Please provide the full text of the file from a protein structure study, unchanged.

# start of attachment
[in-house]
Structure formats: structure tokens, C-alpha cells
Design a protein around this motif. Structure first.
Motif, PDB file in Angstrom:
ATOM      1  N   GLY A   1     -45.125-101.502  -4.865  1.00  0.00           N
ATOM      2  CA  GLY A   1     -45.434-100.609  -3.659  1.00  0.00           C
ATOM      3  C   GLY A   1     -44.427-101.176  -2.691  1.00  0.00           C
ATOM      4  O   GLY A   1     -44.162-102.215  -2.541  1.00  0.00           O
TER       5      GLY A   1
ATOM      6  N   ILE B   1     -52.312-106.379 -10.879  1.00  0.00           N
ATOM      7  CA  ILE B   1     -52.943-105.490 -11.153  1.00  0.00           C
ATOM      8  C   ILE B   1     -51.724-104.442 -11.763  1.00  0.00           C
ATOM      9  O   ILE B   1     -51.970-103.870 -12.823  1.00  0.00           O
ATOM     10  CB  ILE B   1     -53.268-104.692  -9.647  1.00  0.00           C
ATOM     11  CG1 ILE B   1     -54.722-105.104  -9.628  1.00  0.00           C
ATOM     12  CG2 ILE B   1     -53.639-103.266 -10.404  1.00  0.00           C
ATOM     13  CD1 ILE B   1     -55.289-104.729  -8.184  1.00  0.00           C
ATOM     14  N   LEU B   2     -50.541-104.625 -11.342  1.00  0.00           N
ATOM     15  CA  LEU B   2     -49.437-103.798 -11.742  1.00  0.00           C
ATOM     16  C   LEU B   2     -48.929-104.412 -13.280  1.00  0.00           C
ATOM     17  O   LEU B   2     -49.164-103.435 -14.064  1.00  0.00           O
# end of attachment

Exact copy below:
[in-house]
Structure formats: structure tokens, C-alpha cells
Design a protein around this motif. Structure first.
Motif, PDB file in Angstrom:
ATOM      1  N   GLY A   1     -45.125-101.502  -4.865  1.00  0.00           N
ATOM      2  CA  GLY A   1     -45.434-100.609  -3.659  1.00  0.00           C
ATOM      3  C   GLY A   1     -44.427-101.176  -2.691  1.00  0.00           C
ATOM      4  O   GLY A   1     -44.162-102.215  -2.541  1.00  0.00           O
TER       5      GLY A   1
ATOM      6  N   ILE B   1     -52.312-106.379 -10.879  1.00  0.00           N
ATOM      7  CA  ILE B   1     -52.943-105.490 -11.153  1.00  0.00           C
ATOM      8  C   ILE B   1     -51.724-104.442 -11.763  1.00  0.00           C
ATOM      9  O   ILE B   1     -51.970-103.870 -12.823  1.00  0.00           O
ATOM     10  CB  ILE B   1     -53.268-104.692  -9.647  1.00  0.00           C
ATOM     11  CG1 ILE B   1     -54.722-105.104  -9.628  1.00  0.00           C
ATOM     12  CG2 ILE B   1     -53.639-103.266 -10.404  1.00  0.00           C
ATOM     13  CD1 ILE B   1     -55.289-104.729  -8.184  1.00  0.00           C
ATOM     14  N   LEU B   2     -50.541-104.625 -11.342  1.00  0.00           N
ATOM     15  CA  LEU B   2     -49.437-103.798 -11.742  1.00  0.00           C
ATOM     16  C   LEU B   2     -48.929-104.412 -13.280  1.00  0.00           C
ATOM     17  O   LEU B   2     -49.164-103.435 -14.064  1.00  0.00           O